Hirabayashi Vs. 906 Case Study

970 Words 4 Pages
The Japanese Americans of the early twentieth century faced hardships in the United States from racial tensions; Americans from European-descent grew angry from the success of Japanese laborers, farmers and businessmen. This widespread hatred for the Japanese was supported with articles from newspapers and the popular radio shows of the time. Prior to entering World War II, the US government developed a list of threatening resident aliens with ties to the Axis powers. With the attack on Pearl Harbor on December 7, 1941, US citizens suffered from war hysteria and pushed for greater control over the possible terrorists that were their neighbors. The Executive Order No. 9066; Supreme Court cases Hirabayashi v. United States, Yasui v. United States, Korematsu v. United States; the relocation policies; quality and conditions of the internment camps all convey the anti-Japanese sentiments during WWII US. In fear of the potential threat the Japanese Americans posed, President Franklin D. Roosevelt issued the “Executive Order No. 9066”, granting …show more content…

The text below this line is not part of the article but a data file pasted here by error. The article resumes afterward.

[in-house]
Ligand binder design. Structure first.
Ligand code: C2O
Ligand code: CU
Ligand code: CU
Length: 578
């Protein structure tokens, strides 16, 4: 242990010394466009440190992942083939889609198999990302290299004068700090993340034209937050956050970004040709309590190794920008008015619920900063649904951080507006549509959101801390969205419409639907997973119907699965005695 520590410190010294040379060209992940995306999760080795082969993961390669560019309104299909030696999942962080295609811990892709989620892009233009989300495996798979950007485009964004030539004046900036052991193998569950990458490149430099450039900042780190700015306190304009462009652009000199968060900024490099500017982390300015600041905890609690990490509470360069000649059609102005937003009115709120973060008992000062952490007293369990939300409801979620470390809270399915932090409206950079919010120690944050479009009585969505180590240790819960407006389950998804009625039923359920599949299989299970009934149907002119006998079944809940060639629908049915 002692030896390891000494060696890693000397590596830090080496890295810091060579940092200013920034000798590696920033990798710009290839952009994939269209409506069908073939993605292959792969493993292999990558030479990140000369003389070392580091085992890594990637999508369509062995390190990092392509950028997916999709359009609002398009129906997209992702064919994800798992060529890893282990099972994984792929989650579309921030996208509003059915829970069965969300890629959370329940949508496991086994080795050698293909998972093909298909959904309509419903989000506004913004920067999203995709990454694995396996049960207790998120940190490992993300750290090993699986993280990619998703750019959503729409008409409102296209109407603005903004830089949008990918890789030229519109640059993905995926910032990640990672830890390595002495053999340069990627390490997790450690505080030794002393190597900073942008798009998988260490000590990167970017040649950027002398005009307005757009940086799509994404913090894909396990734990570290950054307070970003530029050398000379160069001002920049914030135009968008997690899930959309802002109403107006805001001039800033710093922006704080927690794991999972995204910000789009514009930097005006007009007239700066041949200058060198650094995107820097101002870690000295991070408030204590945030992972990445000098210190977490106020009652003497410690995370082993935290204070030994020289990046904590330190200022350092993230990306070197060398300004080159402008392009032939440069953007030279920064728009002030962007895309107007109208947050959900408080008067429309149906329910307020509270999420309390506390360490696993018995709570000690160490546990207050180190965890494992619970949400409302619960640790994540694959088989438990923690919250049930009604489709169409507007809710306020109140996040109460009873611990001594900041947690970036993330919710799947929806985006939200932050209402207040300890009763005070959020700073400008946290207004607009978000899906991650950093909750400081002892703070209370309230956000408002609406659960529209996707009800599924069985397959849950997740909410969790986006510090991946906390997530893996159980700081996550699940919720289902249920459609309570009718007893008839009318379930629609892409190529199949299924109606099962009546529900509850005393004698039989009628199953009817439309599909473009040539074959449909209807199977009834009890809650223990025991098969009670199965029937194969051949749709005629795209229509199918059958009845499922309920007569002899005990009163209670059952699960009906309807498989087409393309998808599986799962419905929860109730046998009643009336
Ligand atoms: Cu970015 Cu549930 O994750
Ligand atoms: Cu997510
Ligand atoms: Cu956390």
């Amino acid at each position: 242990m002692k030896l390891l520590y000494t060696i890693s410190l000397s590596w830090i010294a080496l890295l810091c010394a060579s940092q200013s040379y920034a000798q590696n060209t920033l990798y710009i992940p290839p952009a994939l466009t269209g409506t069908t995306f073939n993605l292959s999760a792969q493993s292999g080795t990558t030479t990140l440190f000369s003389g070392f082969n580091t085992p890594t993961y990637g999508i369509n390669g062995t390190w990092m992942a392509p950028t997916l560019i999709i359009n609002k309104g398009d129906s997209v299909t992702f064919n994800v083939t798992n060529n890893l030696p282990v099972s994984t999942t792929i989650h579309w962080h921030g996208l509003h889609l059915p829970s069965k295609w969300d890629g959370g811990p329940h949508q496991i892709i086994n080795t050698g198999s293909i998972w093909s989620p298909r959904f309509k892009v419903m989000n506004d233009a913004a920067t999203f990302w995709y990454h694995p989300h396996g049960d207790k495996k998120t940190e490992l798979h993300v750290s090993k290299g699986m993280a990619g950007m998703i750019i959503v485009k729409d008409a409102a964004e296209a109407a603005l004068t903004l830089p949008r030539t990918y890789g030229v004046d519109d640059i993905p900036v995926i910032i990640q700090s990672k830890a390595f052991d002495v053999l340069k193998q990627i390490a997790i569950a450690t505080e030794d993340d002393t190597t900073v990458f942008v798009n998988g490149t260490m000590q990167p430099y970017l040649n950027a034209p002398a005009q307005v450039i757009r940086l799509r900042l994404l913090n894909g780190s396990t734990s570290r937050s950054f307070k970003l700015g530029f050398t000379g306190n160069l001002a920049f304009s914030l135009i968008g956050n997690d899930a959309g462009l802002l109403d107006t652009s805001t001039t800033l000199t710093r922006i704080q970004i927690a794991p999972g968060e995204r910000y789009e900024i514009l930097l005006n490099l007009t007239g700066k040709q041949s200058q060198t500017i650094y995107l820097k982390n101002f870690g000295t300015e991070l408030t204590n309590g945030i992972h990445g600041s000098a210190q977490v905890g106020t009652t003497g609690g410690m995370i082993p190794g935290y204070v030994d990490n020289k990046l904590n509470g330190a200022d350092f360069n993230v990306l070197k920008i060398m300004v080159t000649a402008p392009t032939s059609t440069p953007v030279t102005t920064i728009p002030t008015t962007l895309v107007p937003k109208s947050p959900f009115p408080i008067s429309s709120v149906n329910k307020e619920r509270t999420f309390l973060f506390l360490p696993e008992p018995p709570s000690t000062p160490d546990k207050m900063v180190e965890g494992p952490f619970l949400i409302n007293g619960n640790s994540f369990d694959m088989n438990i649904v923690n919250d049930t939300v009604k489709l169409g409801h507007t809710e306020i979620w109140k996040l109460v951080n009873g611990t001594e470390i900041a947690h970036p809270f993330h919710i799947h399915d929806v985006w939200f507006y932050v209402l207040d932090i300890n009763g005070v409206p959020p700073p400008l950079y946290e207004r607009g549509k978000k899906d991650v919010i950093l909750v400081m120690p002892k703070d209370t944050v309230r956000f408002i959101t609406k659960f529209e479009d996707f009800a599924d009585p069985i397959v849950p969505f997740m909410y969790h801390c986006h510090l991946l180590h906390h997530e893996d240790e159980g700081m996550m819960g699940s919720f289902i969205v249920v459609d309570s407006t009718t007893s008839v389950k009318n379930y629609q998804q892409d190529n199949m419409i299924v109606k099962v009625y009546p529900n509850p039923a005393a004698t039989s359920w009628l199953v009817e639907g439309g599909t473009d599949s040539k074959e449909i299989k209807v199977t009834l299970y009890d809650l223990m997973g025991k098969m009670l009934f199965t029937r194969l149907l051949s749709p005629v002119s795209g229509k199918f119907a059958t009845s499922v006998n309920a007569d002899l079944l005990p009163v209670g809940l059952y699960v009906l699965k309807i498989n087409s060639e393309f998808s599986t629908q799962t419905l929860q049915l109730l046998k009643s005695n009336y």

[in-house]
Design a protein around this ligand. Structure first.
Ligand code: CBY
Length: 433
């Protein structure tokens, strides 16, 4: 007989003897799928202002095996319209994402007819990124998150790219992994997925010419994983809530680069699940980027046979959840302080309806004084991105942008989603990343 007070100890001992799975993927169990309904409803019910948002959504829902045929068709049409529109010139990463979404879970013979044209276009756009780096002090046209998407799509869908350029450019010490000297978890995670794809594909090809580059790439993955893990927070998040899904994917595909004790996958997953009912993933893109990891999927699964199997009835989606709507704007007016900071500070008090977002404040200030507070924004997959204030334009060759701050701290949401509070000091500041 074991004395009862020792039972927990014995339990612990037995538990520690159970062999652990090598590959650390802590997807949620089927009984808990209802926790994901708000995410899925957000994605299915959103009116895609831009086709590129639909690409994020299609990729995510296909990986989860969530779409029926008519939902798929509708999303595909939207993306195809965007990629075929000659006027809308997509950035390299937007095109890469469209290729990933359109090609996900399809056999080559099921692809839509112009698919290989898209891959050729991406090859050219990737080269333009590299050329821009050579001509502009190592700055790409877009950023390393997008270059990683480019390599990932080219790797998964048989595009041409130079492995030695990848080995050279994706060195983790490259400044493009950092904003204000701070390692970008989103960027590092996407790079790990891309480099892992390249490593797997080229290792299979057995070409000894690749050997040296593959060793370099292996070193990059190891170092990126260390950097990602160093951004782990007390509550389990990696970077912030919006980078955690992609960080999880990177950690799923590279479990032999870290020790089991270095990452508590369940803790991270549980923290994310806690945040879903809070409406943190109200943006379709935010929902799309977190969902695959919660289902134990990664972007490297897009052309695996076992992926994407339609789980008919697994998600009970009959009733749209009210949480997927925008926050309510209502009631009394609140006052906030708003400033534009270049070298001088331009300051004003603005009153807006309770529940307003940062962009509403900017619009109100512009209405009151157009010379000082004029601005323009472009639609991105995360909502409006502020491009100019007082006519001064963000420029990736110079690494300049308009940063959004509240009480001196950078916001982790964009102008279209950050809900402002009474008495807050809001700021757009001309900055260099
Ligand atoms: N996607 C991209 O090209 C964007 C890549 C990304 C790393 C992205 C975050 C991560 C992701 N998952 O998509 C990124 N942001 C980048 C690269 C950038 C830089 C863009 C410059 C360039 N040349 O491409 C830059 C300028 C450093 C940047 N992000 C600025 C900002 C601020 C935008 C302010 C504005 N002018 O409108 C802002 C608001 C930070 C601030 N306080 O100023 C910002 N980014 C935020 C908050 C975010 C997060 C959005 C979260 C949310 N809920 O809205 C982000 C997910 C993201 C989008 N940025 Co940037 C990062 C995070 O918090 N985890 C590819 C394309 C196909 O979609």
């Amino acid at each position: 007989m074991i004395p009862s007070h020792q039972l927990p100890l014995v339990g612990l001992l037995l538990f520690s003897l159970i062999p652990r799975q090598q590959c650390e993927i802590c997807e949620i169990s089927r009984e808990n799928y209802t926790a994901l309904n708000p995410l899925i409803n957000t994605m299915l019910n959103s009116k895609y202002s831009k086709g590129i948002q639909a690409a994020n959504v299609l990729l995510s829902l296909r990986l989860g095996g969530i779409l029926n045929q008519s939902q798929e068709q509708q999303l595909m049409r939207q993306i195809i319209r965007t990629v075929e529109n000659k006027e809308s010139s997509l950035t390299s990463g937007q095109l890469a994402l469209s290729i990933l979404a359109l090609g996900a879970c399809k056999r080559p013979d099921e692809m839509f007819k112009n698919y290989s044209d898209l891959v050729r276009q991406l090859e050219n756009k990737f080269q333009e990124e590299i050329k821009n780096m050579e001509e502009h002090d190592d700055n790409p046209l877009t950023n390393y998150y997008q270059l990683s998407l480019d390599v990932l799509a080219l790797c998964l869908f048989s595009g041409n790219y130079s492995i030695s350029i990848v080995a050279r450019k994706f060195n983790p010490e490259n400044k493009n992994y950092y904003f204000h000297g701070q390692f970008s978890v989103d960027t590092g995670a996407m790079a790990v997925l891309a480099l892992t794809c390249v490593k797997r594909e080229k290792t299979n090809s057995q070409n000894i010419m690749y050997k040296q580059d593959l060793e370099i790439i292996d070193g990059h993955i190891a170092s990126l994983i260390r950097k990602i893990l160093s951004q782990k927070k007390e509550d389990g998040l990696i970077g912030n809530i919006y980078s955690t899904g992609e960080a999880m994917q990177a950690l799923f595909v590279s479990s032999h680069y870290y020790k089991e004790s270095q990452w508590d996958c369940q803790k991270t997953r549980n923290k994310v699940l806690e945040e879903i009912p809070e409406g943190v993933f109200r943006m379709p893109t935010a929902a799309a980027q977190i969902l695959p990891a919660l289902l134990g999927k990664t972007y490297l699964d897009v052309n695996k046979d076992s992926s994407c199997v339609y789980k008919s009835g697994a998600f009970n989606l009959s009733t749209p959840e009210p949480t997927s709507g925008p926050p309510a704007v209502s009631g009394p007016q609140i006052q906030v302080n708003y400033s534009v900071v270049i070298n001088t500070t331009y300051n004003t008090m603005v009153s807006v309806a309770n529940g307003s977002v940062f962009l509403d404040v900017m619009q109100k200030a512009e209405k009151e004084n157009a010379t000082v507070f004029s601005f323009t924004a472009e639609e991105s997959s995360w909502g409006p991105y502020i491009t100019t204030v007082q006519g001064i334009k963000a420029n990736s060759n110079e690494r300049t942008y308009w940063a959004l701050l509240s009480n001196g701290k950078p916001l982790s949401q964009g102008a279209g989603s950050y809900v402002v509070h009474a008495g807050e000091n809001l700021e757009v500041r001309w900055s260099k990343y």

In 1943, supreme court ruling for Hirabayashi v. United States concluded that while racial discrimination was contrary to the legal system, targeting people of Japanese Descent was necessary for the protection of the US. The ruling further defended Executive Order No. 9066 by stating that the allocation of power from congress to the military authority was constitutional. In a similar case where the plaintiff dismissed curfew, Minoru Yasui v. United States, Yasui was convicted in the lower courts of breaking curfew and was vulnerable to this ruling since he was a non-citizen. Yasui in fact was a citizen but was perceived otherwise due to his past status as Japanese consulate. The Supreme Court did convict Yasui on the grounds that the curfew was constitutional, but stated that citizenship did not exclude people from the

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